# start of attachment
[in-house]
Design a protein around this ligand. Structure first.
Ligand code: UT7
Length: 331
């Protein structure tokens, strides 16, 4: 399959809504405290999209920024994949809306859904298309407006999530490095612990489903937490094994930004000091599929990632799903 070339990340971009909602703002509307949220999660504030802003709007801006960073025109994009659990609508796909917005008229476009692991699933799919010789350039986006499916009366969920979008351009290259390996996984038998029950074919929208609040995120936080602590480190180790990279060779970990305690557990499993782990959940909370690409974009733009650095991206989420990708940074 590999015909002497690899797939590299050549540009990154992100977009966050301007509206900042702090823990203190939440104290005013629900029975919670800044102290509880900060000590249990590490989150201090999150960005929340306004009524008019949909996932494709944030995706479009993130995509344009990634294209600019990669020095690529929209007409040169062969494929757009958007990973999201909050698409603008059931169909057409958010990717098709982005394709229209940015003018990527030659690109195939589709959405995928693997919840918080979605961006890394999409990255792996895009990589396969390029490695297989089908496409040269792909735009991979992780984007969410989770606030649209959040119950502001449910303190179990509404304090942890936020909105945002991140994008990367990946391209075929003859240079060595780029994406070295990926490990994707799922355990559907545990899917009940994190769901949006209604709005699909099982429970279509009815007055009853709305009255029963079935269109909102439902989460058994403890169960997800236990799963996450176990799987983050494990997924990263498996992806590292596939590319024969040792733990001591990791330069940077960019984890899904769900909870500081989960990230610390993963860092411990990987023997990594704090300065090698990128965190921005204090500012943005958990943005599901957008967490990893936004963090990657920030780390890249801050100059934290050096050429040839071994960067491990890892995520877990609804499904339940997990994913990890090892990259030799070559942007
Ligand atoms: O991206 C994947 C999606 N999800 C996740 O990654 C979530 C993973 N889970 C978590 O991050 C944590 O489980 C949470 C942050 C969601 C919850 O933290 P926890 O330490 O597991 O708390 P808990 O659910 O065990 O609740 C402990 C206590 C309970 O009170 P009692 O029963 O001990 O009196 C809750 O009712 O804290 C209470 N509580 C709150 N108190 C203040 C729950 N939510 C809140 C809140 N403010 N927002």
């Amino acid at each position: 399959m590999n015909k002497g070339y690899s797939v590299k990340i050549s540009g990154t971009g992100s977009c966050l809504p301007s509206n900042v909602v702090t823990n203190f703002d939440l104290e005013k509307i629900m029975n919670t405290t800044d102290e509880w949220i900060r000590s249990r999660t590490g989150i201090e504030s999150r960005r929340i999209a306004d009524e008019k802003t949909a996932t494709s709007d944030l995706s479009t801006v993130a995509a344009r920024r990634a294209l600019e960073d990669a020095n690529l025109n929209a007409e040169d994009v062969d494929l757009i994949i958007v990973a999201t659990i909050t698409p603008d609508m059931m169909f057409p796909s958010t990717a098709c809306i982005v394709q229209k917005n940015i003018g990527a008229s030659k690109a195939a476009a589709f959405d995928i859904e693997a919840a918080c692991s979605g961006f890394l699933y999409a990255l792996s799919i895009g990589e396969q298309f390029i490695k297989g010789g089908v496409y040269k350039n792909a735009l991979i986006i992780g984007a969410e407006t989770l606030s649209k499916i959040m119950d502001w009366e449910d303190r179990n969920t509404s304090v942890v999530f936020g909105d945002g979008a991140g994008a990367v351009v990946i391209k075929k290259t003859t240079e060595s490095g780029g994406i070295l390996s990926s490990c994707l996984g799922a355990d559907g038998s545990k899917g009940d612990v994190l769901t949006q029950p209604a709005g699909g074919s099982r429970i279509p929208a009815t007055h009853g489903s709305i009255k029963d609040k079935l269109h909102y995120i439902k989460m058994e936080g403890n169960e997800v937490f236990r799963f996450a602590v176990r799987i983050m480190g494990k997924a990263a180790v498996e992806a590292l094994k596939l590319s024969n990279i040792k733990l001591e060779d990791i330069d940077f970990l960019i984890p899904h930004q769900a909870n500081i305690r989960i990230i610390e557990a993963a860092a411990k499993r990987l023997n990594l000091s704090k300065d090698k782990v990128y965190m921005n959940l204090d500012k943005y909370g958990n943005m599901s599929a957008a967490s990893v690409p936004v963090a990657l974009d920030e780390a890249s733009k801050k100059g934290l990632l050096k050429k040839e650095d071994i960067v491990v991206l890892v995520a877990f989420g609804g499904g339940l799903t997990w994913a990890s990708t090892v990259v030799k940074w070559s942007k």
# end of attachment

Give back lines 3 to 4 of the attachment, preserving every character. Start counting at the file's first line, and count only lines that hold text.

Ligand code: UT7
Length: 331